My first visit to Franz West’s studio in Vienna was probably in the winter of 1986. On the way he insisted on taking the underground for one particular stretch of the journey, probably between Stadtpark and Kettenbrückengasse. His purpose was to draw attention to certain ducts on the walls of the tunnel. What slipped past the windows left only a fleeting impression, but for Franz it was an important clue. In the studio, I found that he had transcribed this impression into a relief titled Vedute (Views). The long-drawn-out second of that glance in the murky underground (an everyday and yet mesmerising banality) had mutated into a proud overview: an underground Canaletto – this is what the title seemed to suggest. The following year, the relief was enthroned in the serene expanse of a house by Mies van der Rohe as part of an exhibition entitled Anderer Leute Kunst (Other People’s Art).
Before or after the visit to the studio, a rather tattered paperback appeared from the artist’s coat pocket. Some of the pages were dog-eared where he’d turned the corners down as a reminder. He flicked through and read a sentence or two, or even just half sentences, but he knew exactly which thoughts he wanted to share. It was almost impossible to understand at first. Only the title of the book was straightforward: Gesture and Speech, by the palaeontologist and anthropologist André Leroi-Gourhan.On another occasion things ran late during the installation of an exhibition at the Museum Haus Lange in 1989. The works had arrived late – or maybe Franz himself was late – and the pedestals for his chairs still had to be painted (it’s better to do this kind of thing yourself when time is pressing). Meanwhile there was a lot of talk about this and that, also about the then new seats, which you had to go up onto the plinth to use. The hands that painted the pedestals and the words that seemed necessary to understand something of the work became, at some point, indistinguishable. By this time it was getting late, the pedestals were ready for the slanted furniture show. Had the thoughts now disappeared into the paint, or did the paint speak of the thoughts? For a while such a merging of categories seemed to be possible. At the opening, everything was real: the people on the seats, talking, pondering, facing the wall or looking out of the windows. Rüdiger Carl provided some short pieces of music.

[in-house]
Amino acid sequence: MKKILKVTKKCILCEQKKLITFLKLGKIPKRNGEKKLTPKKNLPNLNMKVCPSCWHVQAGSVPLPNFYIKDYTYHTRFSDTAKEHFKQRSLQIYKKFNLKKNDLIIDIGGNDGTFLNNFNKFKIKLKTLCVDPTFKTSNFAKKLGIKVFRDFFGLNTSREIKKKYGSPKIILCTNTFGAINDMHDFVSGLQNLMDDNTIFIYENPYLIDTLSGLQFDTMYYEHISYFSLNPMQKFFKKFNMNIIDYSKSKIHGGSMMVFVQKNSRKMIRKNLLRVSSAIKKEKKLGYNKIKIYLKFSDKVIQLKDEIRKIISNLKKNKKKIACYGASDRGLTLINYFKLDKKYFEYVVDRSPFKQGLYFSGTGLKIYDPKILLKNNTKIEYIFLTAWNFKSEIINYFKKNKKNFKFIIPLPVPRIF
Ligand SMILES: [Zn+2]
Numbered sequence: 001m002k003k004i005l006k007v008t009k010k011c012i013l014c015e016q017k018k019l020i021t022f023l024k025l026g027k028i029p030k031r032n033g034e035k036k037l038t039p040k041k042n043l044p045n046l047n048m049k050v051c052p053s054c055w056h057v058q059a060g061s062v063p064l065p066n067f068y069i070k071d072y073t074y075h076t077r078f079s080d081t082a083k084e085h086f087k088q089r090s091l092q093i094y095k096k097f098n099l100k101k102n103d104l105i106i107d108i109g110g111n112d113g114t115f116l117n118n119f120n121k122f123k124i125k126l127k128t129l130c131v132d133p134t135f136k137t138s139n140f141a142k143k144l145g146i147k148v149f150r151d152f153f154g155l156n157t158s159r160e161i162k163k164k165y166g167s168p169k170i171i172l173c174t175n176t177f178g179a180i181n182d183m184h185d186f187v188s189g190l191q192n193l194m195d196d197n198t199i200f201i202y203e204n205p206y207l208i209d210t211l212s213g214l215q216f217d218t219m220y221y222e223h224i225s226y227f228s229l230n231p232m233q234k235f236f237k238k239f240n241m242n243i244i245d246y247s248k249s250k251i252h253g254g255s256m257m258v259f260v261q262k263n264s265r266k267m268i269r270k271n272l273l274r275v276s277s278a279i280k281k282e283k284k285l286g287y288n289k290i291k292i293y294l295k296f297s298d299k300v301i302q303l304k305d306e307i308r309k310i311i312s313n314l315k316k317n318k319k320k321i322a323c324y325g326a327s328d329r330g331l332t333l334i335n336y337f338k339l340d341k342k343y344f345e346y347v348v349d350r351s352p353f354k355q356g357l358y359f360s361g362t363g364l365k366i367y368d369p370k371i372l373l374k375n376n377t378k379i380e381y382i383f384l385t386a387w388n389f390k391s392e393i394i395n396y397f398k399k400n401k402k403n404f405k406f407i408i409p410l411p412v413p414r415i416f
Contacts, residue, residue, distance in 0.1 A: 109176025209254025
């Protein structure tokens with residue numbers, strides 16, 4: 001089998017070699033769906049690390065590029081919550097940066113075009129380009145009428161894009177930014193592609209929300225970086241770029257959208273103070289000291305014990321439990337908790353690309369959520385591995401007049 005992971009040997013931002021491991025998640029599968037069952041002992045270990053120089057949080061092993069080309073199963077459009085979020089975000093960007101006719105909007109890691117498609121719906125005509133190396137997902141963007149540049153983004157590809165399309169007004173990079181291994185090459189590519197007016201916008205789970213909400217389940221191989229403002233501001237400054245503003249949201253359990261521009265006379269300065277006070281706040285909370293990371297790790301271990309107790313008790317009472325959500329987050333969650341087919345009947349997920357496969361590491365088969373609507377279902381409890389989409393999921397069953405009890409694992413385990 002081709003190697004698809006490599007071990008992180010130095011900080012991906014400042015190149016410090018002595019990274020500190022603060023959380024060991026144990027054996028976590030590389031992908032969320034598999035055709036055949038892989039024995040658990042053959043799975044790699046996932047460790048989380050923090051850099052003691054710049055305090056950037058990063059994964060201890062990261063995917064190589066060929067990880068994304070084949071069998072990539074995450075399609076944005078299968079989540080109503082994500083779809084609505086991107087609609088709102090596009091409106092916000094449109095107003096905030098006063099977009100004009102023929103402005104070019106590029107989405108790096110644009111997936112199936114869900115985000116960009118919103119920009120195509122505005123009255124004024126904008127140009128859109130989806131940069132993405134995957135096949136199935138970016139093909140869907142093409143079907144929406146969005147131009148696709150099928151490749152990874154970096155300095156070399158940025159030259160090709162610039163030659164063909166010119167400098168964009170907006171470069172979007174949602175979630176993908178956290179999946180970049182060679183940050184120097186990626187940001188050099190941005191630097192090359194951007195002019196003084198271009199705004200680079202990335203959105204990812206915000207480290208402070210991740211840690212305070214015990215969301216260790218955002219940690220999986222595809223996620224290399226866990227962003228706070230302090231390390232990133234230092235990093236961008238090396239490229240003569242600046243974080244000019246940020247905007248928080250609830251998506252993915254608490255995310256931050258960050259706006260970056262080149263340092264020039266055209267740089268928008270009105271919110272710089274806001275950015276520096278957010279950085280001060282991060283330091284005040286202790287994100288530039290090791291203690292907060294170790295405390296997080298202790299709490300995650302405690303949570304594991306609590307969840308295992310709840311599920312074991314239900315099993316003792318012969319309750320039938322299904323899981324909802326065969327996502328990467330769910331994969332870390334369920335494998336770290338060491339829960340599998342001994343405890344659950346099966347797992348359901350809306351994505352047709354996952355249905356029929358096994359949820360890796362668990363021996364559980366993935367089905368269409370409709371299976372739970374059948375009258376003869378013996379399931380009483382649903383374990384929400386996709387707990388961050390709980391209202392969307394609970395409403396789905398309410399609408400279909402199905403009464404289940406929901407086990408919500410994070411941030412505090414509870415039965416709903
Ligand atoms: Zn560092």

(Published in: Franz West, Centre Pompidou, Paris, 2018, p. 106 (French), and Tate Modern, London, 2019, p. 106 (English))